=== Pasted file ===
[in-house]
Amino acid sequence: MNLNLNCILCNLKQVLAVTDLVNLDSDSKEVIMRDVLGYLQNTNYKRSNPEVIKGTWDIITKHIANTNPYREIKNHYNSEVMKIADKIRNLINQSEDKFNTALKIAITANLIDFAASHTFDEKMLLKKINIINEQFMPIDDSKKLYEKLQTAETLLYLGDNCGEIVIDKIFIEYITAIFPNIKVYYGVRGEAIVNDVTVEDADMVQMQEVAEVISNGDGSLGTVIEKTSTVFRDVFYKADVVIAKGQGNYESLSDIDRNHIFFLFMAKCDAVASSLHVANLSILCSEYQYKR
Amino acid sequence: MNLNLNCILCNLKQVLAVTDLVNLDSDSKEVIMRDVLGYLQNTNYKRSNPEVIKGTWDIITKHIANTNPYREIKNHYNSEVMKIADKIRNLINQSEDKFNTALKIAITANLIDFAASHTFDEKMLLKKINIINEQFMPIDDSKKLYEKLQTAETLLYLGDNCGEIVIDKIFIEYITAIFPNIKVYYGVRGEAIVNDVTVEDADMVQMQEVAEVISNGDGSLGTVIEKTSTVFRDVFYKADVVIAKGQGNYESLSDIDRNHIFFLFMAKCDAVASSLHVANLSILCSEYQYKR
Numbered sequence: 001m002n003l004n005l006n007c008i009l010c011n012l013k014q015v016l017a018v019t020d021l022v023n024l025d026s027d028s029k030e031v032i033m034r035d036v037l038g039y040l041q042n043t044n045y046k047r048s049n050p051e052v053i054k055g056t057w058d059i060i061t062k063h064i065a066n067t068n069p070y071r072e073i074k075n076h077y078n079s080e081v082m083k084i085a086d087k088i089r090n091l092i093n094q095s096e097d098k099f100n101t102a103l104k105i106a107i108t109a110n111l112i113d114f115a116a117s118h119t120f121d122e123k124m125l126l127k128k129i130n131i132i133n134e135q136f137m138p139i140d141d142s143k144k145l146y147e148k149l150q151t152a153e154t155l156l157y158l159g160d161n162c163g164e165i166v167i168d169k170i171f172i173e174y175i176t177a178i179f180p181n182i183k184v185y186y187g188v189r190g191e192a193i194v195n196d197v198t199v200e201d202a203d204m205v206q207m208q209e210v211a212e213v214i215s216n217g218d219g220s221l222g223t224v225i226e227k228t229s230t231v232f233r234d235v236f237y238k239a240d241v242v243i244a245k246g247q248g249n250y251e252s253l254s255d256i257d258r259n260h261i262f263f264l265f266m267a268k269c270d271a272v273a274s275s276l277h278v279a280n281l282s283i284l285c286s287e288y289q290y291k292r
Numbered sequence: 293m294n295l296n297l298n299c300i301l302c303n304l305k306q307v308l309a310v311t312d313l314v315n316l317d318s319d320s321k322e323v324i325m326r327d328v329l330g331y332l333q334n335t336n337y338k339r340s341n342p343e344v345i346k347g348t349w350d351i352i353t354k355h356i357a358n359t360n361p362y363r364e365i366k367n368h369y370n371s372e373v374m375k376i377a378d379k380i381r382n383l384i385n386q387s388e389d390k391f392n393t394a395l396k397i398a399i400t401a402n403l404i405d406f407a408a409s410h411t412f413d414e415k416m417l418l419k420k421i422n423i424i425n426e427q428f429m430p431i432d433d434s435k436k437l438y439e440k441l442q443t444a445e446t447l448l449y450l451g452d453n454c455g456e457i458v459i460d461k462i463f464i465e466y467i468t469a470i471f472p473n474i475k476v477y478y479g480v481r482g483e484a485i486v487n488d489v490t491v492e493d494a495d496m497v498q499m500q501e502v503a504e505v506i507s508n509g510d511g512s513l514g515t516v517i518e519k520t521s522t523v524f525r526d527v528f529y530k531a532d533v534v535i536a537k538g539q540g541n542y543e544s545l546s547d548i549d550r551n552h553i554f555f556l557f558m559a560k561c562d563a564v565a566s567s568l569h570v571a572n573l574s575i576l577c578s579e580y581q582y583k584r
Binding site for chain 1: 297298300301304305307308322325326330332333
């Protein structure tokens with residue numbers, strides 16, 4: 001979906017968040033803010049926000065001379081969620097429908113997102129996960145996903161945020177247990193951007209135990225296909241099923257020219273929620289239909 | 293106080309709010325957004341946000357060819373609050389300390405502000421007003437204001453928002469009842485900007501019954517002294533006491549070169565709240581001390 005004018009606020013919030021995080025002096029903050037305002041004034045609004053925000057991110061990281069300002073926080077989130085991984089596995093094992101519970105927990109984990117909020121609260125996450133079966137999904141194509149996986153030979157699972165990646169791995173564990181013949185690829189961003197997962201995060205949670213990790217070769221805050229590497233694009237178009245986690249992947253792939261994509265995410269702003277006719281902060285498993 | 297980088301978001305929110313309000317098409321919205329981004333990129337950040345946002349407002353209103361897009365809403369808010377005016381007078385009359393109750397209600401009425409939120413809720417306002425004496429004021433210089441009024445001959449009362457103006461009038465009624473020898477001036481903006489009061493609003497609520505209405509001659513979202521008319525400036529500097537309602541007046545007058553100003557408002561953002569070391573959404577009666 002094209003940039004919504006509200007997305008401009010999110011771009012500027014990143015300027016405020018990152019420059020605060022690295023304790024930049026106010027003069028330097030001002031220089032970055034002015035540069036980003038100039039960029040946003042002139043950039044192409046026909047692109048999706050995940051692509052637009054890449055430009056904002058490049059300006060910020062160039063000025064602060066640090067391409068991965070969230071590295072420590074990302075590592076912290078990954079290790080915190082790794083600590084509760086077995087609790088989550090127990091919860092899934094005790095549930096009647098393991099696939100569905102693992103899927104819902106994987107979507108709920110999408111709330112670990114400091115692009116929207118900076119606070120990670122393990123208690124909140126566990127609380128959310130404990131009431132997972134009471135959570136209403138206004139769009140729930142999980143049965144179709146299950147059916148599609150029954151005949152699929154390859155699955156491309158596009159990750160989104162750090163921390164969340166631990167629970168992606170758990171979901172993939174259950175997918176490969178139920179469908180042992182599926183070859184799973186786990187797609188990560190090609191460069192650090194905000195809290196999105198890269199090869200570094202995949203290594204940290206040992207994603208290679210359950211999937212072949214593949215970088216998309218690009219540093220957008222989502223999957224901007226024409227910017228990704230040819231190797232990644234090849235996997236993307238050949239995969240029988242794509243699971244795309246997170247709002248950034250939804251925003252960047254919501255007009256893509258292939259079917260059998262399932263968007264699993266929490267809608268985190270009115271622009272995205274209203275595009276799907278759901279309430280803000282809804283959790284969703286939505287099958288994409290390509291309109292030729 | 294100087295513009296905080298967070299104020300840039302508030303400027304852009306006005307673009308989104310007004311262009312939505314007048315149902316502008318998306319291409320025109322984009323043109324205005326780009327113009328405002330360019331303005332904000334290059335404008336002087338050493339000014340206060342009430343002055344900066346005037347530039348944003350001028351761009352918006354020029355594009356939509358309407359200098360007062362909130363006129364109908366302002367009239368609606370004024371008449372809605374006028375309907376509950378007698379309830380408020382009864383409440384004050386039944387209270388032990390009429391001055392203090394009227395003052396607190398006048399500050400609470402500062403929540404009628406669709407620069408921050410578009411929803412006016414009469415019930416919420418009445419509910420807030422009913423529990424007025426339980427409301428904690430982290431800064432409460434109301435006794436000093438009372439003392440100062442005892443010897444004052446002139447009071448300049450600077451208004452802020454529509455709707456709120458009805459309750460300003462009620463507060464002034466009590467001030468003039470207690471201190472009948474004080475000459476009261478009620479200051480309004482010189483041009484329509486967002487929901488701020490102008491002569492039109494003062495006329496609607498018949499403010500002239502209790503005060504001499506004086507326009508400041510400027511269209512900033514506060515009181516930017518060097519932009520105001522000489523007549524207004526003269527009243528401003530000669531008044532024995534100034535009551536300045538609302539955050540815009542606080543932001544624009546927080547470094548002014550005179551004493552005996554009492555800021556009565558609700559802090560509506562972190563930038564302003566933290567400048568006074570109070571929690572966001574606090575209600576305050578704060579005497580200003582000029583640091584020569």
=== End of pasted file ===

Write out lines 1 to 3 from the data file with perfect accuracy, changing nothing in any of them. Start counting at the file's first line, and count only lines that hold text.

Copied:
[in-house]
Amino acid sequence: MNLNLNCILCNLKQVLAVTDLVNLDSDSKEVIMRDVLGYLQNTNYKRSNPEVIKGTWDIITKHIANTNPYREIKNHYNSEVMKIADKIRNLINQSEDKFNTALKIAITANLIDFAASHTFDEKMLLKKINIINEQFMPIDDSKKLYEKLQTAETLLYLGDNCGEIVIDKIFIEYITAIFPNIKVYYGVRGEAIVNDVTVEDADMVQMQEVAEVISNGDGSLGTVIEKTSTVFRDVFYKADVVIAKGQGNYESLSDIDRNHIFFLFMAKCDAVASSLHVANLSILCSEYQYKR
Amino acid sequence: MNLNLNCILCNLKQVLAVTDLVNLDSDSKEVIMRDVLGYLQNTNYKRSNPEVIKGTWDIITKHIANTNPYREIKNHYNSEVMKIADKIRNLINQSEDKFNTALKIAITANLIDFAASHTFDEKMLLKKINIINEQFMPIDDSKKLYEKLQTAETLLYLGDNCGEIVIDKIFIEYITAIFPNIKVYYGVRGEAIVNDVTVEDADMVQMQEVAEVISNGDGSLGTVIEKTSTVFRDVFYKADVVIAKGQGNYESLSDIDRNHIFFLFMAKCDAVASSLHVANLSILCSEYQYKR